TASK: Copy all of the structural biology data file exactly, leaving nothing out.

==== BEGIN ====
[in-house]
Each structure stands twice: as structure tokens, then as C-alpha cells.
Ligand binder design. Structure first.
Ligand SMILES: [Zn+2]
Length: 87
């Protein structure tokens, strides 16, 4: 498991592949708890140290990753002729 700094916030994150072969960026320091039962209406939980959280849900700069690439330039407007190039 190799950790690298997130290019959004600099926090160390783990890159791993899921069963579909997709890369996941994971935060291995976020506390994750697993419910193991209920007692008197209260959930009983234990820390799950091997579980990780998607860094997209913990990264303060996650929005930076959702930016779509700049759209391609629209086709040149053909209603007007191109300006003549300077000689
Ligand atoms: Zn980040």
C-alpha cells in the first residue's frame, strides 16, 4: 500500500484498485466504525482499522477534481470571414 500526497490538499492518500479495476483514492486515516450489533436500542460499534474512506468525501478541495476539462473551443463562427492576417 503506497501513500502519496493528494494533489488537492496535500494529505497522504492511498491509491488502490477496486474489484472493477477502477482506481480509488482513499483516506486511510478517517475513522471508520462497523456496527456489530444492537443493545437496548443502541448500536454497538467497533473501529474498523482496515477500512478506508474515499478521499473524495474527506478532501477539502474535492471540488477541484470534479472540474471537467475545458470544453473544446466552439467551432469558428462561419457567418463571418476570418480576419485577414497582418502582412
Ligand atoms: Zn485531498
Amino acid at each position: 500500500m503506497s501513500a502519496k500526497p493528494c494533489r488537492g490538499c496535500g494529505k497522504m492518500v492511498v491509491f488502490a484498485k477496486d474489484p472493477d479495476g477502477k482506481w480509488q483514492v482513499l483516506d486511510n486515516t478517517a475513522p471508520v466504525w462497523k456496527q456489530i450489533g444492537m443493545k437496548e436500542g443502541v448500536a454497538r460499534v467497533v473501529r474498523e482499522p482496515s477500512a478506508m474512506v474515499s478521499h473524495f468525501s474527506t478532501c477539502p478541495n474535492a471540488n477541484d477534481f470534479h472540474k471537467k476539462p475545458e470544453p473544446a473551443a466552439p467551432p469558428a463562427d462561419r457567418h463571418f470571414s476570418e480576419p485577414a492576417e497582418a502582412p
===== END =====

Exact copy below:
[in-house]
Each structure stands twice: as structure tokens, then as C-alpha cells.
Ligand binder design. Structure first.
Ligand SMILES: [Zn+2]
Length: 87
């Protein structure tokens, strides 16, 4: 498991592949708890140290990753002729 700094916030994150072969960026320091039962209406939980959280849900700069690439330039407007190039 190799950790690298997130290019959004600099926090160390783990890159791993899921069963579909997709890369996941994971935060291995976020506390994750697993419910193991209920007692008197209260959930009983234990820390799950091997579980990780998607860094997209913990990264303060996650929005930076959702930016779509700049759209391609629209086709040149053909209603007007191109300006003549300077000689
Ligand atoms: Zn980040």
C-alpha cells in the first residue's frame, strides 16, 4: 500500500484498485466504525482499522477534481470571414 500526497490538499492518500479495476483514492486515516450489533436500542460499534474512506468525501478541495476539462473551443463562427492576417 503506497501513500502519496493528494494533489488537492496535500494529505497522504492511498491509491488502490477496486474489484472493477477502477482506481480509488482513499483516506486511510478517517475513522471508520462497523456496527456489530444492537443493545437496548443502541448500536454497538467497533473501529474498523482496515477500512478506508474515499478521499473524495474527506478532501477539502474535492471540488477541484470534479472540474471537467475545458470544453473544446466552439467551432469558428462561419457567418463571418476570418480576419485577414497582418502582412
Ligand atoms: Zn485531498
Amino acid at each position: 500500500m503506497s501513500a502519496k500526497p493528494c494533489r488537492g490538499c496535500g494529505k497522504m492518500v492511498v491509491f488502490a484498485k477496486d474489484p472493477d479495476g477502477k482506481w480509488q483514492v482513499l483516506d486511510n486515516t478517517a475513522p471508520v466504525w462497523k456496527q456489530i450489533g444492537m443493545k437496548e436500542g443502541v448500536a454497538r460499534v467497533v473501529r474498523e482499522p482496515s477500512a478506508m474512506v474515499s478521499h473524495f468525501s474527506t478532501c477539502p478541495n474535492a471540488n477541484d477534481f470534479h472540474k471537467k476539462p475545458e470544453p473544446a473551443a466552439p467551432p469558428a463562427d462561419r457567418h463571418f470571414s476570418e480576419p485577414a492576417e497582418a502582412p